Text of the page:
How shall we remember Frank?
Written by his sons, David, Stephen and Michael
Shall we remember him digging his garden, turning the produce into delicious jams and chutneys? Shall we remember his sense of style – a cravat for every occasion? Days at the cricket in Worcester, binoculars and sandwiches to hand? In his workroom with his tools? Or, perhaps, reclined on his chaise longue, a whisky by his side and the concise crossword on his lap?
We will, of course, remember all of this. And much more.
Frank was born in North Yorkshire in 1925, but grew up in Loughborough, Leicestershire, attending the local grammar school. As a teenager he loved playing cricket and all things mechanical. He bought his first motorbike with a friend, but being too young to legally ride it, they pushed it home, freewheeling down the hills. The bike was later sold for half-a-crown and a pair of roller skates. Who got the coin and who the skates, we don’t know, though there is photographic evidence of Frank wearing roller skates.
At 18, he volunteered for the RAF, training to be a navigator and gunner. A highlight for Frank was training at Lord’s cricket ground, running up and down the Long Room. He saw active service towards the end of and just after the war, notably in Egypt and the Far East.
On his return, Frank enrolled at the Leicester School of Architecture. After qualifying as an architect, he worked for Leicestershire County Council. He met his wife, Beryl, on a blind date, set up by his sister Joan.
Now the proud owner of an MG sports car, Frank took Beryl as his navigator on rally races in the Leicestershire countryside. Despite this, she agreed to marry him! They were married in 1956 and made their home in Leicester, their three sons, David, Stephen and Michael, all being born there.
In 1966, Frank started a new job at IDC in Stratford and the family moved to Laureldene, here in Great Wolford, where all three children went to the village school. Frank designed buildings up and down the UK as well as in Europe during his 24 years at IDC.
Some of his more notable projects included Madley Satellite Station in Herefordshire, BT’s only operational UK satellite ground station; the UK headquarters for VW in Milton Keynes; and the main sorting office in Liverpool for Royal Mail, including an underground passage linking it to Lime Street railway station.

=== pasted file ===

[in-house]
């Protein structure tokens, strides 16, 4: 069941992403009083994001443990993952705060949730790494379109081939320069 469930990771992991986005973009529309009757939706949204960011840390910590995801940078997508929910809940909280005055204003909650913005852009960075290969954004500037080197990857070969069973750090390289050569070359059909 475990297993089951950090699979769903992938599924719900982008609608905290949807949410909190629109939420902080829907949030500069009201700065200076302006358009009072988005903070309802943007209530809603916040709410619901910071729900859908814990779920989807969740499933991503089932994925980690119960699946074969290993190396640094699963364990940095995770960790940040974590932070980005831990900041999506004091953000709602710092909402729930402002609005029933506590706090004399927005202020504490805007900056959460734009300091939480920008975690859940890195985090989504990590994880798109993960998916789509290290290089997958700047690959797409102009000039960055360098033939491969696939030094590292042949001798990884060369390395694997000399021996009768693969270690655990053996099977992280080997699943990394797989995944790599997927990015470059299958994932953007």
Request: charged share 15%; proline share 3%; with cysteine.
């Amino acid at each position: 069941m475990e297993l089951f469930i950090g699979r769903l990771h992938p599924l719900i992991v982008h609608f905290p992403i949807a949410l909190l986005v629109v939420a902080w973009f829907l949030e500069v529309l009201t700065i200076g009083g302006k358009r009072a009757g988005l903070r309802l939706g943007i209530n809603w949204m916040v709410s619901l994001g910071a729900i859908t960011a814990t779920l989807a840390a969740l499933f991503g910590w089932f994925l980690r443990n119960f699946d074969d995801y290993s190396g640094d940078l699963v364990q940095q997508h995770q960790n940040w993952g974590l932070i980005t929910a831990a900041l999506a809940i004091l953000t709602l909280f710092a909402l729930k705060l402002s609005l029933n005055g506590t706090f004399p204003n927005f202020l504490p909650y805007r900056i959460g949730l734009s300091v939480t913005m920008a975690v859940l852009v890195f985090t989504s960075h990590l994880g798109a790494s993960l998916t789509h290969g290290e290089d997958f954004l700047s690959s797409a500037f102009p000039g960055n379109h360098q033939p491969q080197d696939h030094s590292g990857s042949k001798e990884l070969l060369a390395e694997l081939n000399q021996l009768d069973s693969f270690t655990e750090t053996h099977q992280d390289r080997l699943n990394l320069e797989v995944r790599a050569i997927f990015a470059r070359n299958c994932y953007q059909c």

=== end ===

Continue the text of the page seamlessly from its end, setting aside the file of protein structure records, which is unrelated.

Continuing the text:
Frank retired in 1990, but kept busy, still doing occasional design work and always active in his garden and his workroom. He drove the Shipston Link community bus for many years. He loved his grandchildren and took a great interest in their lives. They enjoyed his company, often helping him in his garden.
He took care of Beryl in her later years and they celebrated their golden wedding anniversary in January 2006, a few months before Beryl passed away.
Frank was extremely welcoming. He made his son’s partners feel they were part of the family as soon as they walked through the door. But, not just with family. Anyone coming to the house was given a warm welcome and a coffee. Or something stronger.
He was generous with his time and interest. His architect’s mind was always engaged when discussing plans his sons and partners had for their homes. And, he was always glad to offer his advice.
His garden was a huge passion and he was never happier than when showing people around. And, you would never go home without some of the produce – a bunch of freshly cut sweet peas, some seedlings, a bag of tomatoes or a handful of courgettes. If only he’d known how valuable they might become one day!
At the same time, he could find real pleasure in the simpler things in life, whether feeding the birds or treating his family to lunch in the pub.
Frank loved good food and cooked wonderful meals. Whenever his sons and their families visited, they could be sure of an excellent feast. His cousin Lucie would visit Frank at Great Wolford when passing through the area. After a couple of sandwich lunches, Frank insisted he would prepare a quick lunch on the next occasion. This turned out to be fresh salmon, home grown asparagus, home baked bread and homemade mayonnaise!
Keeping his independence was hugely important to Frank. He was driving right up to his recent illness and still very able and comfortable living in his home of 50 years. And, he was always pleased to be able to help friends by driving them to the shops or their appointments – but, hopefully not at the same speed that he used to drive the MG!
He retained a good quality of life, keeping fit and active. He had a quick and inquiring mind, staying alert to the end.
Frank was a caring and loving husband, father, grandfather and great-grandfather. He was a thoughtful and generous friend, and a highly valued and respected colleague.
We shall all miss him.